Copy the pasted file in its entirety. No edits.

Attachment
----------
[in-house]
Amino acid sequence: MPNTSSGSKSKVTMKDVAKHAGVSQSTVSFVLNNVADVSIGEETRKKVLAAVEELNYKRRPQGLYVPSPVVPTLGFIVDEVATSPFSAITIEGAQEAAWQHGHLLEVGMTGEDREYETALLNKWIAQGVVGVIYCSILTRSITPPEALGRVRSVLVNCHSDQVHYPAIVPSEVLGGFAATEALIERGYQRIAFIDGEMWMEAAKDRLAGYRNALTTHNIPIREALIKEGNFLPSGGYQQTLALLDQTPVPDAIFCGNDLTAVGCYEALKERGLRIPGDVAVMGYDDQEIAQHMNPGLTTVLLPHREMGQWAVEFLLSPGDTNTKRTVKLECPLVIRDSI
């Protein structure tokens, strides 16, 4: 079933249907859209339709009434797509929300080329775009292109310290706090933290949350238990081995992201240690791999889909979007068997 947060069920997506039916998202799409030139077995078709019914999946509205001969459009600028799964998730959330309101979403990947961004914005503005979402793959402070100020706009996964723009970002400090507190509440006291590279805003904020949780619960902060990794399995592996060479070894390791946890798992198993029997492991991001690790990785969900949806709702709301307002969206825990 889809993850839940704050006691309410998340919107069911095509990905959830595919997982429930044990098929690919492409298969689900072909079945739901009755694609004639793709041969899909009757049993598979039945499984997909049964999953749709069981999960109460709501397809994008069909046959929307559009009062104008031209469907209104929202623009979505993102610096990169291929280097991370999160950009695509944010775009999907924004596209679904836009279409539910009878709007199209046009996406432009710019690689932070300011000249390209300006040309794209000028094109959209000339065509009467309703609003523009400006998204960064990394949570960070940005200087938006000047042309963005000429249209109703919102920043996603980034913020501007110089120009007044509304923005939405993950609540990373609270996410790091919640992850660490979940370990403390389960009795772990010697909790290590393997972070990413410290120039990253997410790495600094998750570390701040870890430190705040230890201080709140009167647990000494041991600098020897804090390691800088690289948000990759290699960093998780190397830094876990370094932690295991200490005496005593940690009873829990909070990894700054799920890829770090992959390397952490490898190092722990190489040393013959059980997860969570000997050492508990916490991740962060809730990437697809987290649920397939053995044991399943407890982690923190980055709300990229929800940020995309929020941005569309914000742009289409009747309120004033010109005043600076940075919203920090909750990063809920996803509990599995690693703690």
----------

[in-house]
Amino acid sequence: MPNTSSGSKSKVTMKDVAKHAGVSQSTVSFVLNNVADVSIGEETRKKVLAAVEELNYKRRPQGLYVPSPVVPTLGFIVDEVATSPFSAITIEGAQEAAWQHGHLLEVGMTGEDREYETALLNKWIAQGVVGVIYCSILTRSITPPEALGRVRSVLVNCHSDQVHYPAIVPSEVLGGFAATEALIERGYQRIAFIDGEMWMEAAKDRLAGYRNALTTHNIPIREALIKEGNFLPSGGYQQTLALLDQTPVPDAIFCGNDLTAVGCYEALKERGLRIPGDVAVMGYDDQEIAQHMNPGLTTVLLPHREMGQWAVEFLLSPGDTNTKRTVKLECPLVIRDSI
């Protein structure tokens, strides 16, 4: 079933249907859209339709009434797509929300080329775009292109310290706090933290949350238990081995992201240690791999889909979007068997 947060069920997506039916998202799409030139077995078709019914999946509205001969459009600028799964998730959330309101979403990947961004914005503005979402793959402070100020706009996964723009970002400090507190509440006291590279805003904020949780619960902060990794399995592996060479070894390791946890798992198993029997492991991001690790990785969900949806709702709301307002969206825990 889809993850839940704050006691309410998340919107069911095509990905959830595919997982429930044990098929690919492409298969689900072909079945739901009755694609004639793709041969899909009757049993598979039945499984997909049964999953749709069981999960109460709501397809994008069909046959929307559009009062104008031209469907209104929202623009979505993102610096990169291929280097991370999160950009695509944010775009999907924004596209679904836009279409539910009878709007199209046009996406432009710019690689932070300011000249390209300006040309794209000028094109959209000339065509009467309703609003523009400006998204960064990394949570960070940005200087938006000047042309963005000429249209109703919102920043996603980034913020501007110089120009007044509304923005939405993950609540990373609270996410790091919640992850660490979940370990403390389960009795772990010697909790290590393997972070990413410290120039990253997410790495600094998750570390701040870890430190705040230890201080709140009167647990000494041991600098020897804090390691800088690289948000990759290699960093998780190397830094876990370094932690295991200490005496005593940690009873829990909070990894700054799920890829770090992959390397952490490898190092722990190489040393013959059980997860969570000997050492508990916490991740962060809730990437697809987290649920397939053995044991399943407890982690923190980055709300990229929800940020995309929020941005569309914000742009289409009747309120004033010109005043600076940075919203920090909750990063809920996803509990599995690693703690």